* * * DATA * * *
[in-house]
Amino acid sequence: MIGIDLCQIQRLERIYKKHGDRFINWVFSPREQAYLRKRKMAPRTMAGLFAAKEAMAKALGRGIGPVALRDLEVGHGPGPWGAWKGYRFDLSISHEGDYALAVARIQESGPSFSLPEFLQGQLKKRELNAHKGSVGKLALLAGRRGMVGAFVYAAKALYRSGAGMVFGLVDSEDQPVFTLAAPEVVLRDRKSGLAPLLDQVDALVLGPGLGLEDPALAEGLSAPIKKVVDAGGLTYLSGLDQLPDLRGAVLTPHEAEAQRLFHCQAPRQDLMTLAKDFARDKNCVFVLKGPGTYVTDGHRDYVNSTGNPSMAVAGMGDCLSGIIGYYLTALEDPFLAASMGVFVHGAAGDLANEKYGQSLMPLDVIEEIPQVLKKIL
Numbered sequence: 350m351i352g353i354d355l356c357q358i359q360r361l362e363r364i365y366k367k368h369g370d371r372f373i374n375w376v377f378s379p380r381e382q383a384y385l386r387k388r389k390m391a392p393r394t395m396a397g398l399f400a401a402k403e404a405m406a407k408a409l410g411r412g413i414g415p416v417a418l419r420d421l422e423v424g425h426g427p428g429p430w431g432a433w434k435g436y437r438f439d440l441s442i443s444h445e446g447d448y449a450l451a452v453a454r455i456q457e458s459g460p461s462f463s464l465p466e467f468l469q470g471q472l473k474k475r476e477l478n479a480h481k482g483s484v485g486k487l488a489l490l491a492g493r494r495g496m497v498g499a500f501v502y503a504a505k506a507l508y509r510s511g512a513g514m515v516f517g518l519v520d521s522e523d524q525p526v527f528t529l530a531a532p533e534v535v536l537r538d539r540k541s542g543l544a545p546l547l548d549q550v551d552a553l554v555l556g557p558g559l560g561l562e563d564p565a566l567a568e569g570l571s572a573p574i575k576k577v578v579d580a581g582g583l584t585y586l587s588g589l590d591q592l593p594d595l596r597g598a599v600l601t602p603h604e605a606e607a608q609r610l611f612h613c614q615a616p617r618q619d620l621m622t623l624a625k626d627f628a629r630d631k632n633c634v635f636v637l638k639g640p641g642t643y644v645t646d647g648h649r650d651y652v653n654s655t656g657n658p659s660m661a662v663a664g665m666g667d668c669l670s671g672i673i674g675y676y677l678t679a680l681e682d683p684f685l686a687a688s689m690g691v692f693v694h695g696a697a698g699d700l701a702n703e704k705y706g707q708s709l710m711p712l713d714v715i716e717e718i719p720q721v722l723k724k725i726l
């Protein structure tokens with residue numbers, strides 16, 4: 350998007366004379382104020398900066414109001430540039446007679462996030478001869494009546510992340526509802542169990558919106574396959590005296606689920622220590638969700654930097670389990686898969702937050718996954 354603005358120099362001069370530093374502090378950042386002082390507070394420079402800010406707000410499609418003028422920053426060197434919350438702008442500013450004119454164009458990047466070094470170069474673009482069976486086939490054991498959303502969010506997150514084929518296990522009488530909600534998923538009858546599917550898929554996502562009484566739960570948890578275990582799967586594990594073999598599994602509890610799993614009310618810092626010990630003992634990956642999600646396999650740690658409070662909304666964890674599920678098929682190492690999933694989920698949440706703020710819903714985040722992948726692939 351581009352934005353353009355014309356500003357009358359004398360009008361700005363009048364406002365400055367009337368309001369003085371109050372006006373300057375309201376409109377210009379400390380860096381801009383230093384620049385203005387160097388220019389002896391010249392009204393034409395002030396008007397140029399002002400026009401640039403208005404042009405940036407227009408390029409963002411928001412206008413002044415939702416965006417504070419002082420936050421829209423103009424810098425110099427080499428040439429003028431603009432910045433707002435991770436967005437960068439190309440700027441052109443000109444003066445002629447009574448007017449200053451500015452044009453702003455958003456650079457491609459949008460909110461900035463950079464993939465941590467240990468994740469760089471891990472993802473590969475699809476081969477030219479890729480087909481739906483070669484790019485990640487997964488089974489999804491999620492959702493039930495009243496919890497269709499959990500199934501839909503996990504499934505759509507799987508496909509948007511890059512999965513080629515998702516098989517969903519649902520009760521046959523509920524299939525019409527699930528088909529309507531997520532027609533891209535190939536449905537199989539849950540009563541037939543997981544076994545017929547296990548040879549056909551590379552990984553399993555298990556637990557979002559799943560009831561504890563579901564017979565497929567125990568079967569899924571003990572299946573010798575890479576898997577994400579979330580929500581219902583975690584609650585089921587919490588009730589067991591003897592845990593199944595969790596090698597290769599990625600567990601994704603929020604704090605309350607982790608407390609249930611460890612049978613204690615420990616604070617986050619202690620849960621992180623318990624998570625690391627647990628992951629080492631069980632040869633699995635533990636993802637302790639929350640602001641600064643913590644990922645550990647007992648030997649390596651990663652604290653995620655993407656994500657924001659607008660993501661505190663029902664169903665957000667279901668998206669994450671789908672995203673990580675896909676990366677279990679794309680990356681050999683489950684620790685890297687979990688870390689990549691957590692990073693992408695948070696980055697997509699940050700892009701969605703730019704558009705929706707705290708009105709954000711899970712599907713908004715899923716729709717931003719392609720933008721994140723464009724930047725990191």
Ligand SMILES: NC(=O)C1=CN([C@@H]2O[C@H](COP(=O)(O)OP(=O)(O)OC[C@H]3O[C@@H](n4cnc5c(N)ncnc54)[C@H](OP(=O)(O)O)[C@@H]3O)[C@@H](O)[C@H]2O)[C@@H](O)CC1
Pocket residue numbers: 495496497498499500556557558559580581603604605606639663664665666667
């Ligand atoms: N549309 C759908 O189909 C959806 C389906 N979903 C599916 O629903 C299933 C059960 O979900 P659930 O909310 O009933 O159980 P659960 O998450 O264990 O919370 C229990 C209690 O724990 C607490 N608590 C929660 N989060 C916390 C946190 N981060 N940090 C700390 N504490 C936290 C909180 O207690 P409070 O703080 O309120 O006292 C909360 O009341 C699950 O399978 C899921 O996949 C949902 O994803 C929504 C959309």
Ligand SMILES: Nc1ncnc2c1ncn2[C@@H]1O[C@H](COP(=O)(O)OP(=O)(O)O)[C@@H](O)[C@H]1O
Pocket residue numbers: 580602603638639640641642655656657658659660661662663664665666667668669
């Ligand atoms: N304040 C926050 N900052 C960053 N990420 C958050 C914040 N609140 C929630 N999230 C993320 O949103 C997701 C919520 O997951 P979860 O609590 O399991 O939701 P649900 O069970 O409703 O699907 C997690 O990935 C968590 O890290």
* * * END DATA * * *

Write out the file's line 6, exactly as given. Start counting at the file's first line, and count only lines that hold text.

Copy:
Pocket residue numbers: 495496497498499500556557558559580581603604605606639663664665666667